Dancing in the shadows of the bonfire, I move my hips to mirror the Nepali men and women and wave my arms high into the air, turning my hands as if they have a language of their own, mindful of the roots sticking up from the bumpy field that is our campground. An old Gurung woman stands near the fire and watches the dancing. Most of her teeth are gone. Bangles circle her wrist. Her skin is wrinkled like an elephant’s back, her eyes bright. The top of her head just reaches my shoulder. Her feet are bare, her head, limbs and torso wrapped in worn fabric. I put my arm around her, feel her tiny body easily find its way into the curves and angles of a stranger. She looks up and smiles. I wonder if letting go is something she has always known or if she, like me, has had to learn it, slowly, painstakingly, over and over.
This past Saturday I spend eleven hours volunteering on audition day at Denver School of the Arts where Tess is a sophomore.
“A week ago I was watching bodies being cremated on pyres of wood alongside the river at Pashupatinath,” I say to Glenna. “Earlier that day I spun prayer wheels as I circumambulated the temple at Bodhnath, the largest stupa in the world. I don’t know how to be here.” My eyes scan the crowded lobby, dazed.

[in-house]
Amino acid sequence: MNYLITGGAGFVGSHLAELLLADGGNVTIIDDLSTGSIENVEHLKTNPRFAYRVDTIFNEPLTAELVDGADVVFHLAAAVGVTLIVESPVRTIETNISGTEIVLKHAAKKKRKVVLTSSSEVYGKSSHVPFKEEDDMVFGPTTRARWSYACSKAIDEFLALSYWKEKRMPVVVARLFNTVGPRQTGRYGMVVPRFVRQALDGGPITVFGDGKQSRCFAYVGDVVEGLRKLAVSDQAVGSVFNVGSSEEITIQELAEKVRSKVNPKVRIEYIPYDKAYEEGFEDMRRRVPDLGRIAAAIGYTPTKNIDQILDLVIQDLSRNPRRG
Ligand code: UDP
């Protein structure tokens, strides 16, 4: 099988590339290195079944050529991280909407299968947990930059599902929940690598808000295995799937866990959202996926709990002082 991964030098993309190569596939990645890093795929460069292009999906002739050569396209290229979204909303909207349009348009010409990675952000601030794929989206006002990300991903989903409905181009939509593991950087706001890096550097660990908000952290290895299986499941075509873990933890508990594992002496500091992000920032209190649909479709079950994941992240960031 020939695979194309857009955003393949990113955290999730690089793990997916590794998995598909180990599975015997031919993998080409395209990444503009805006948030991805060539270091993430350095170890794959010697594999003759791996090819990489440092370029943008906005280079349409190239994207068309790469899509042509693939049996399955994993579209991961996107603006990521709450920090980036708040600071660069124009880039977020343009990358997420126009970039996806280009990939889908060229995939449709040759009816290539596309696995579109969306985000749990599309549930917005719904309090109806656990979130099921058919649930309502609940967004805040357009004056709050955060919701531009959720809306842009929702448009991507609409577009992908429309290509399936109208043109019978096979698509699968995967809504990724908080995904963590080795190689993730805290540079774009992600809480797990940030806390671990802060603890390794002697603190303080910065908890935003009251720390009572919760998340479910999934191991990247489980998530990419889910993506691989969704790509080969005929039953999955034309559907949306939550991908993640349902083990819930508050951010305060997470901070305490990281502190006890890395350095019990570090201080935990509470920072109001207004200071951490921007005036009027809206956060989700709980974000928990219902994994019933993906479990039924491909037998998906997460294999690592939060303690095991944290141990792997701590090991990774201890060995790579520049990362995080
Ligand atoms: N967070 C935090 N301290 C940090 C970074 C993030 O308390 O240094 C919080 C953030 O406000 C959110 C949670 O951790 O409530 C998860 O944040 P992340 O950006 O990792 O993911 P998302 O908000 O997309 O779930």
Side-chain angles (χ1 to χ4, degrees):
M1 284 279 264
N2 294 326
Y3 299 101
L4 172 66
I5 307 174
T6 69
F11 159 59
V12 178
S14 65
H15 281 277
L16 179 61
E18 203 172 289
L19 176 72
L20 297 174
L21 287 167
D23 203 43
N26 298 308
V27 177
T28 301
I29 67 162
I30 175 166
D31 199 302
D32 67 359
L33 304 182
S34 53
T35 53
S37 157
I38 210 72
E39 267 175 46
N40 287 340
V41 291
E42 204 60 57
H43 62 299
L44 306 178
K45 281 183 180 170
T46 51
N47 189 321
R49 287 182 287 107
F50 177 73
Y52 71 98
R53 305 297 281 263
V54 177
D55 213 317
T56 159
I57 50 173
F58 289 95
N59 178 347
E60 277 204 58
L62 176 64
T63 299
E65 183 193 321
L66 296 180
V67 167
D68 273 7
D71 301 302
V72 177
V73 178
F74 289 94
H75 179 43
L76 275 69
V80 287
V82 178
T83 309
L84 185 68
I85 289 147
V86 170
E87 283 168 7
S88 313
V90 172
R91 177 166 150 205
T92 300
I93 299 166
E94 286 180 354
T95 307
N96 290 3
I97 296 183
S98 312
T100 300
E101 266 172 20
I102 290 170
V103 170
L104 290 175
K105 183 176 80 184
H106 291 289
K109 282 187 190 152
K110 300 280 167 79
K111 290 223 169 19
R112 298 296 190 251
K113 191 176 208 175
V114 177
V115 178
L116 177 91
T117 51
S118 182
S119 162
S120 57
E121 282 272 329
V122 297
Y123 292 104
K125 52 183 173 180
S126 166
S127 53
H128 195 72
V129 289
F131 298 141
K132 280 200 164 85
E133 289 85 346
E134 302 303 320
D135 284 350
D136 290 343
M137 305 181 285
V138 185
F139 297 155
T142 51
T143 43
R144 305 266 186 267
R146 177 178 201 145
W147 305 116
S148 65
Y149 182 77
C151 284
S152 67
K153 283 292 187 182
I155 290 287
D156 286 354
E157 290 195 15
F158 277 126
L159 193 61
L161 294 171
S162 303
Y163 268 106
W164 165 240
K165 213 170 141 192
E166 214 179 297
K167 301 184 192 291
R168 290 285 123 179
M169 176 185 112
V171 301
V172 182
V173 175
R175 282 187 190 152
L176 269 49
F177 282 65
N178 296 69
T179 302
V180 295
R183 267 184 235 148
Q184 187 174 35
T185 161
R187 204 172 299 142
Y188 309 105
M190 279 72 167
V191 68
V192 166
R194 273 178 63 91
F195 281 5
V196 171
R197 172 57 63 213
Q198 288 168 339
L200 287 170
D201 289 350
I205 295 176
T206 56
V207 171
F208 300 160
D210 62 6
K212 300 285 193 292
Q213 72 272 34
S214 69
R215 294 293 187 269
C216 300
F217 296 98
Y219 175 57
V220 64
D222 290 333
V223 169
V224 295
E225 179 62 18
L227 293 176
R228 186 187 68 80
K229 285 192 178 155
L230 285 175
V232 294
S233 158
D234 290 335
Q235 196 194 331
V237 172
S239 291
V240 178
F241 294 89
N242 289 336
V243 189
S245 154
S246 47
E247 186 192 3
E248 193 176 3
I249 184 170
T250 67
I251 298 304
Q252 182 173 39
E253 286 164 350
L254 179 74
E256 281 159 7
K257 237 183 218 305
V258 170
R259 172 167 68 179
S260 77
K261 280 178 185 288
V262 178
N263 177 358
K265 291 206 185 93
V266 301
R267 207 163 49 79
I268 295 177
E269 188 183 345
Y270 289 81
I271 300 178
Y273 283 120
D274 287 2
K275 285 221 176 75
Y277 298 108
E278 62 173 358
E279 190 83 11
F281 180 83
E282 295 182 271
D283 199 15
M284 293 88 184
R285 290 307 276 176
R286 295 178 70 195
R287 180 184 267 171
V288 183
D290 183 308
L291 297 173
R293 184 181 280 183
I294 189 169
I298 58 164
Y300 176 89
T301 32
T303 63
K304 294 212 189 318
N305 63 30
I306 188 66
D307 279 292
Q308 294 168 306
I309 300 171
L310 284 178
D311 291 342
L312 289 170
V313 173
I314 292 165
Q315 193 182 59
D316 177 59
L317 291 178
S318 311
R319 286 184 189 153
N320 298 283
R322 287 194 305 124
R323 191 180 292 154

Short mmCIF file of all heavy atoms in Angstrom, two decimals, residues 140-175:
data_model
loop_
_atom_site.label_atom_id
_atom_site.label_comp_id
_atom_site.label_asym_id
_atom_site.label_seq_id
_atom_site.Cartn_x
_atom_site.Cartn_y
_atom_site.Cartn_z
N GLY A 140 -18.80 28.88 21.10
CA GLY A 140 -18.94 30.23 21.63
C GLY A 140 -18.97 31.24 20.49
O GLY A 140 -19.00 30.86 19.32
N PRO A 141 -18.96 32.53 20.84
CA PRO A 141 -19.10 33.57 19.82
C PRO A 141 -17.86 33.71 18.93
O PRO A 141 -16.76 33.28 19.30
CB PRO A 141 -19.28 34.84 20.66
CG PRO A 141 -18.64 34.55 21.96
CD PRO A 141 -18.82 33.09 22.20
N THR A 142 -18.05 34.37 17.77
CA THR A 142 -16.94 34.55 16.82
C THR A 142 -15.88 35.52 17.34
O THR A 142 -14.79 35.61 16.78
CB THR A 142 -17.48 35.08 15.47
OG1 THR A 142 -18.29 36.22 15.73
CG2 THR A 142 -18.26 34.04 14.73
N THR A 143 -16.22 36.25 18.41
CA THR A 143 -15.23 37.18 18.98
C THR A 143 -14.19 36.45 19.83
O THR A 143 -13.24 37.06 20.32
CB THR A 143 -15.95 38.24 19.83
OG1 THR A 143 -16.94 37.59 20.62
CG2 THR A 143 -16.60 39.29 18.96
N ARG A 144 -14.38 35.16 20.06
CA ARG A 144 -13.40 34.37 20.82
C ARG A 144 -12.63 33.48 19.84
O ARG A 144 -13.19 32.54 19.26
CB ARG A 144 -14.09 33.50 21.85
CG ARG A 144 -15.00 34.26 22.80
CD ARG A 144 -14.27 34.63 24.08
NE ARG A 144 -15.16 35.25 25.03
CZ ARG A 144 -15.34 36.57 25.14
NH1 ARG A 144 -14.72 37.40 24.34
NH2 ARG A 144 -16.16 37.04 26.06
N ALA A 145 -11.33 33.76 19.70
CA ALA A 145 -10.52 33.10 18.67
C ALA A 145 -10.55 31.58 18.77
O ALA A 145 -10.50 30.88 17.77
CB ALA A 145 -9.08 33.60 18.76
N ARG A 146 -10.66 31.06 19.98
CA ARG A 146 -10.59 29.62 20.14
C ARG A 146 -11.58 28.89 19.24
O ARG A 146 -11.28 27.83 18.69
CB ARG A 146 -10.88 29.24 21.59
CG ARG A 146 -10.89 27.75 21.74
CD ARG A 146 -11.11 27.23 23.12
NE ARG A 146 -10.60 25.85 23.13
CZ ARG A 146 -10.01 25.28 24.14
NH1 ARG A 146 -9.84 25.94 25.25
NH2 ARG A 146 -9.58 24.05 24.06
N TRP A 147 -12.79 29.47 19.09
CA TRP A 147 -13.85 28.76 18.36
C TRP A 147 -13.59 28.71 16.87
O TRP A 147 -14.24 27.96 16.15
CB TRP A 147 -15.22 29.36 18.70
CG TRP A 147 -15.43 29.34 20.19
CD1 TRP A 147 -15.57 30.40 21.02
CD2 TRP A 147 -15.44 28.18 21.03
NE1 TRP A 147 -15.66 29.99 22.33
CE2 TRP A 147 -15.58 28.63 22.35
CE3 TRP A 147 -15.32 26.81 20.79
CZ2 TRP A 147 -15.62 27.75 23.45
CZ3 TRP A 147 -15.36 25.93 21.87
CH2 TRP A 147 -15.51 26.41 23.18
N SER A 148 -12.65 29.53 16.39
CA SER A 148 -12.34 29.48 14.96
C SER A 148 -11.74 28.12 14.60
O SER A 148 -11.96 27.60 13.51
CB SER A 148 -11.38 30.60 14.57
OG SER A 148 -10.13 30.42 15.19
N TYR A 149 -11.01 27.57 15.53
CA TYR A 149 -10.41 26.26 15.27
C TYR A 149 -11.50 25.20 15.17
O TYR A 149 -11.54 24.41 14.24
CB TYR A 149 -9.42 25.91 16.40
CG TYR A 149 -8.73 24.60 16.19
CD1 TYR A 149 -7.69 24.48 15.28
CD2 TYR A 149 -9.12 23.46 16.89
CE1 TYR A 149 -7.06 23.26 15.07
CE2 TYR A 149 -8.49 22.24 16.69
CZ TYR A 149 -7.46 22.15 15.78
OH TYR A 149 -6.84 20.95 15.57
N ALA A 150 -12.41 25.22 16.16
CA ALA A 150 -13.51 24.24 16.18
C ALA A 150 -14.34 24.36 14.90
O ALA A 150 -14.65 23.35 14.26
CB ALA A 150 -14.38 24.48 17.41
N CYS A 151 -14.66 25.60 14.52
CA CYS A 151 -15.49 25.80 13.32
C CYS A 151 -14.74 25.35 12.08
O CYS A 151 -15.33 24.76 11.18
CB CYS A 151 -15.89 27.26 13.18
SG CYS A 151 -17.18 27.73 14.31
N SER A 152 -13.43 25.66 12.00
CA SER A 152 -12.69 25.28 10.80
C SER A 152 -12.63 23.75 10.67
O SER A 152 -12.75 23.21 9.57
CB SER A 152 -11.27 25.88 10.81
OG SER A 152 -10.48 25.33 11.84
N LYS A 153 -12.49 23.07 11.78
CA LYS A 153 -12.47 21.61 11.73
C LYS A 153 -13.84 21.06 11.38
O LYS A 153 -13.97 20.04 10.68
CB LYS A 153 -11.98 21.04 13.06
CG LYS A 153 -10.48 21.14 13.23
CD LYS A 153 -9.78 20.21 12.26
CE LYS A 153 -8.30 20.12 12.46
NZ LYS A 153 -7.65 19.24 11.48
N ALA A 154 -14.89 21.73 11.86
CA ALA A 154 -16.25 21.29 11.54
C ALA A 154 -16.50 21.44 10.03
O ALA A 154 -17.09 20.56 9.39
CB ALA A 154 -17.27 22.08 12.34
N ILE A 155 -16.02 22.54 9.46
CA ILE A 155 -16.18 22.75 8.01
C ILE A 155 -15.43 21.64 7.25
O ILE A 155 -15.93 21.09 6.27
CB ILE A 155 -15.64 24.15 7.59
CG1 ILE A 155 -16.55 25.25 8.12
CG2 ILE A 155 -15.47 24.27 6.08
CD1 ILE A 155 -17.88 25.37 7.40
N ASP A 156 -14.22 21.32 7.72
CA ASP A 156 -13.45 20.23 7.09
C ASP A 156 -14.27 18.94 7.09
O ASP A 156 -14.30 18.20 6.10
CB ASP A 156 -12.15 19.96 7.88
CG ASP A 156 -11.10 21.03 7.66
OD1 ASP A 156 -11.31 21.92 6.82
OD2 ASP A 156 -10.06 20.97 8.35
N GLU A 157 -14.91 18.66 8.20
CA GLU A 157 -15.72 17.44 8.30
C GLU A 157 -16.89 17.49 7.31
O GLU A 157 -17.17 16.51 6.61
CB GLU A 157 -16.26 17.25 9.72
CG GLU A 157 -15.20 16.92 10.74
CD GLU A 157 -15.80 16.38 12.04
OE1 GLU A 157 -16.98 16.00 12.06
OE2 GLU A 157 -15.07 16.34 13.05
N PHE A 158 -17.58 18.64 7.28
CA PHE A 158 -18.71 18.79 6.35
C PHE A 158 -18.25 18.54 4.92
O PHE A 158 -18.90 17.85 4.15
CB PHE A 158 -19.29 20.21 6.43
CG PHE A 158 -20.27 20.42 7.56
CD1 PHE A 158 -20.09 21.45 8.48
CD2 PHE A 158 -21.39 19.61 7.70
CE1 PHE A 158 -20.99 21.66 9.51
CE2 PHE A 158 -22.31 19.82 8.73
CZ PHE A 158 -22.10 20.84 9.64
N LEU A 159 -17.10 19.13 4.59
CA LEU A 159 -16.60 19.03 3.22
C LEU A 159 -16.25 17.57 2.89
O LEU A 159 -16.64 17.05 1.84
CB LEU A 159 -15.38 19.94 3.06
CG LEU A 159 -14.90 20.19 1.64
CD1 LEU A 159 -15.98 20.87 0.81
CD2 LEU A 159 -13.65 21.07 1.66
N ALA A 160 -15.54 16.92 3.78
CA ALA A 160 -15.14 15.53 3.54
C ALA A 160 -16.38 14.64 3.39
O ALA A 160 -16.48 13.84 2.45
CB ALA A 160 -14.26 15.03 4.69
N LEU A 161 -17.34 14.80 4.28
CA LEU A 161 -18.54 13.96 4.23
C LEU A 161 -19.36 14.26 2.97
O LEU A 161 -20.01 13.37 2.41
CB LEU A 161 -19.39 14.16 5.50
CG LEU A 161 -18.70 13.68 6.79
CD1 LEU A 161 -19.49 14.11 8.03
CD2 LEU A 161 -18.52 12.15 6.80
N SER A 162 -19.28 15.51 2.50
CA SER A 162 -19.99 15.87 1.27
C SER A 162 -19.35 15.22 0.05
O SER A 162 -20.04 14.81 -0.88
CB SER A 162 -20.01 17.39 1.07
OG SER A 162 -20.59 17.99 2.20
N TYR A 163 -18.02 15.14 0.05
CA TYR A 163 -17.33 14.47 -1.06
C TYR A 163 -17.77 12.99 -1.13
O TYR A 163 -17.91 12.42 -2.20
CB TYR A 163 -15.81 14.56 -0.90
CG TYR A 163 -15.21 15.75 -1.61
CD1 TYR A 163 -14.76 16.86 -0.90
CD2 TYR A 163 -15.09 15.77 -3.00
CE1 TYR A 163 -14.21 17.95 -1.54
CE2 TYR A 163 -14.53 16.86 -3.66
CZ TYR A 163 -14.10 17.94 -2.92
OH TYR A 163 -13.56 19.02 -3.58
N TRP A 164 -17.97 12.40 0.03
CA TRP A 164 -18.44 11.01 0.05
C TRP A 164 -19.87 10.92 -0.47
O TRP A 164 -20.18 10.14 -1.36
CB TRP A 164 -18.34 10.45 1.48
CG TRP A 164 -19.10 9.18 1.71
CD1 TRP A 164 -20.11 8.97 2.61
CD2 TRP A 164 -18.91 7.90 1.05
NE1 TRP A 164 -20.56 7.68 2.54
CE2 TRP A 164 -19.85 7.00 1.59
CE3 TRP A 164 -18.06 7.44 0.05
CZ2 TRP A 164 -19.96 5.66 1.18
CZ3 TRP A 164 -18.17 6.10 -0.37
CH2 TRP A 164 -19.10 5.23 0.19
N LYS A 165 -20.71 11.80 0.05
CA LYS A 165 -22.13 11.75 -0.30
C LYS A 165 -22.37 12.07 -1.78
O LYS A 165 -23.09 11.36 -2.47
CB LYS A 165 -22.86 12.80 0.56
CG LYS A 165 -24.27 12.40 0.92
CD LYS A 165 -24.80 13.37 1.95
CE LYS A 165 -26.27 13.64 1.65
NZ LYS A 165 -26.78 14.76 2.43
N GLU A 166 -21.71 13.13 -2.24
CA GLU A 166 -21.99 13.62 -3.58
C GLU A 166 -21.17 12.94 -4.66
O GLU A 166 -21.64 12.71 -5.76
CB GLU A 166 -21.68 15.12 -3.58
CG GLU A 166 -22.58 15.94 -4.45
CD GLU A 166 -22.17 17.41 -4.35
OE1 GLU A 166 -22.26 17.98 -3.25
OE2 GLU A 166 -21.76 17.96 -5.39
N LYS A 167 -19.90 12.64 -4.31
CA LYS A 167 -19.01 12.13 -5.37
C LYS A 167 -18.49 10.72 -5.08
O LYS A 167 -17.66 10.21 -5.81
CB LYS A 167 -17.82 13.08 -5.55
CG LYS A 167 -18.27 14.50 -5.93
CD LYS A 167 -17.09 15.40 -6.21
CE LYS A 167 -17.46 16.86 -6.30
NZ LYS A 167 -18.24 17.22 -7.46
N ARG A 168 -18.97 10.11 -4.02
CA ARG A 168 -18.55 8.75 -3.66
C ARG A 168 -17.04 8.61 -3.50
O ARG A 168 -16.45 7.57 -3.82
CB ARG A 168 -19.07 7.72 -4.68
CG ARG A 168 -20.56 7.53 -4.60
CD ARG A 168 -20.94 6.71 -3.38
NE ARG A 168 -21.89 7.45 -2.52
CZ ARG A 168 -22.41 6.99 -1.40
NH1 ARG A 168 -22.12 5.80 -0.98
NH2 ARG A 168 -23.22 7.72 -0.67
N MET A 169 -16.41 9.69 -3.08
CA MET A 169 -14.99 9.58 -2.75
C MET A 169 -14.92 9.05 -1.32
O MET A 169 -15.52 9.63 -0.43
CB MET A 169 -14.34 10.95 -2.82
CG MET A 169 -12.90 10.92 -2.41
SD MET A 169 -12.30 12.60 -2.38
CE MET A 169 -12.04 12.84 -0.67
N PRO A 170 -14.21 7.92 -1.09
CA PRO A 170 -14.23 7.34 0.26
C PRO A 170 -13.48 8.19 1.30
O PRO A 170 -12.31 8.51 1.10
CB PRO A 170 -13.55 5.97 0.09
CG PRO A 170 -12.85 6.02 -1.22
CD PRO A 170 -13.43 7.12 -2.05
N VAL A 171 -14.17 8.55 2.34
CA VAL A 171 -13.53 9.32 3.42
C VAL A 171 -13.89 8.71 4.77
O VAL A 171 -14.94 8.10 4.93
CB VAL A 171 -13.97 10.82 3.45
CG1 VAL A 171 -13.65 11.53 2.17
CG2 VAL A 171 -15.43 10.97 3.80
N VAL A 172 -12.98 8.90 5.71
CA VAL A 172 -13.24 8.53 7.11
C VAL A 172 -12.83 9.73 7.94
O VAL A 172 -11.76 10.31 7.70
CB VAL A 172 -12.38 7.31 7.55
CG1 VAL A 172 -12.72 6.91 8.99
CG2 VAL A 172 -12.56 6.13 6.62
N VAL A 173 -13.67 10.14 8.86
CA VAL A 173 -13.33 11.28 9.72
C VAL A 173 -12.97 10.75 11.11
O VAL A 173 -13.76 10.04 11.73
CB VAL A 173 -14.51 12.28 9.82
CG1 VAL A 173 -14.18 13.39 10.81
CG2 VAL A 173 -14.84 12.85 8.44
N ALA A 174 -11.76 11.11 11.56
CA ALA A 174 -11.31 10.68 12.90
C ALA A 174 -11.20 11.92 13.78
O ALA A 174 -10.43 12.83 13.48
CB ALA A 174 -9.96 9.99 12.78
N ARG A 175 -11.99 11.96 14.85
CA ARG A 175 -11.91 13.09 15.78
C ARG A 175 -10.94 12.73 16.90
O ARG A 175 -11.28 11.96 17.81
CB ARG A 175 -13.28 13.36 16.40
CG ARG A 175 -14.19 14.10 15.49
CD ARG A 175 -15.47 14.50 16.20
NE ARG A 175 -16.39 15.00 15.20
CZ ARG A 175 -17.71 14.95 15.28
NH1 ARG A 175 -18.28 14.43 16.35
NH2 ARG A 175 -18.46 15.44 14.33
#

We bring duffels of pencils, scissors, paints, paper and glue to the three-room school. Ruth, the ten-year-old in our group, shows the kids how to make snowflakes and Jennifer, her mother, shows them how to weave and glue strips of paper into chains. Pierce teaches a lesson on picking up litter. Elaine orchestrates stringing a cord through the cloth bags she brought from Denver and filling them with toothbrushes, bars of soap and nail clippers.
Lynn pulls out the paints and t-shirts. We all pitch in—Harrison, John Charles, John, Lynn, Steve and I—helping cut, tape, glue, paint, teach, interact. Sangay is there to translate. We notice the absence of fine motor skills juxtaposed with the exquisite ability of even the youngest child to navigate the bumpy, rocky paths. Toddlers follow older siblings around the schoolyard while old men in topis stand to the side and watch, curious about the westerners who have come to their village, a first.
Back home, I pull dirty work boots and a pair of all-terrain sandals from their stuff sacks in the filthy duffel, step outside and pound the soles against one another. Nepali dust fills the air—dust from the village, discoloring our shoes and socks, mixing with sweat and settling between our toes as we dig trenches alongside the barefooted men and women of Majha Badahare. We share six primitive tools among us—two pick axes, three scooper shovels, a large spade. The front man breaks up the ground with the pick axe; the second chops and loosens the dirt, pulling it to the side; another deepens the trench with the shovel. More scooping and digging follow until the furrow is deep enough to weather the monsoons that come in the spring. The hose is laid at the bottom of the trench and with the shovel and scooper, we bury the precious black tube with dirt and rock.